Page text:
Preferably, the weight ratio of collagen to oil in the emulsion is from 10:1 to 1:10, more preferably is from 2:1 to 1:5, and most preferably it is from 1:1 to 1:3. Preferably, the concentration of collagen in the emulsion is from 0.05% w/v to 10% w/v, more preferably 0.1% w/v to 5% w/v.
Preferably, the collagen, oil and synthetic bioabsorbable polymer are as defined above for the preferred embodiments of the composite surgical material according to the present invention.
Specific embodiments of the present invention will now be described further, by way of example, with reference to the accompanying Figures, in which:
FIG. 1 shows a photomicrograph of a cross section through a collagen/vicryl film subcutaneous inplant after 14 days; and
FIG. 2 shows a photomicrograph of a cross section through a collagen/oil/vicryl film subcutaneous inplant (500% oil/collagen w/w) after 14 days.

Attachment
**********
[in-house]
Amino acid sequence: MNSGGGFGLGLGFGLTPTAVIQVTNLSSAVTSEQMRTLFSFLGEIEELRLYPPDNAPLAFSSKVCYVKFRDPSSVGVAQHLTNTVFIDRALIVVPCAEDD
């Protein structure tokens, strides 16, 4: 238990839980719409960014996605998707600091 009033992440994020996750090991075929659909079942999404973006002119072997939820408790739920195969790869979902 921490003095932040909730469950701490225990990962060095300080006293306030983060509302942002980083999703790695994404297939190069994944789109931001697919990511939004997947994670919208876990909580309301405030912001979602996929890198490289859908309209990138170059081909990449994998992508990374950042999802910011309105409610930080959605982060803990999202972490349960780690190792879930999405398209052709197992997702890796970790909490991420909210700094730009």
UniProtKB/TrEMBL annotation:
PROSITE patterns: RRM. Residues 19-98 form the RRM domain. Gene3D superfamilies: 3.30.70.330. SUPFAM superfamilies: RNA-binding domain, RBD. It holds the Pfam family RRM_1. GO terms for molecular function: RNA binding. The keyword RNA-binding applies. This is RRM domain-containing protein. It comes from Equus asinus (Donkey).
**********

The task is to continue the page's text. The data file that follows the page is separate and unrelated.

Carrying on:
Reinforced collagen films according to the present invention are prepared as follows.
Fibrous collagen obtained from bovine corium, prewashed to remove the majority of non-collagenous components as described in US-A-4614794 or US-A-4320201 is suspended in clear, deionised pyrogen-free water and homogenised to a fine fibrous suspension by passage through a homogenising system, such as that described in US-A-4320201. The collagen suspension is then acidified by addition of acetic acid at a concentration of 0.05M. The concentration of collagen fibres in the dispersion is 0.5% w/v.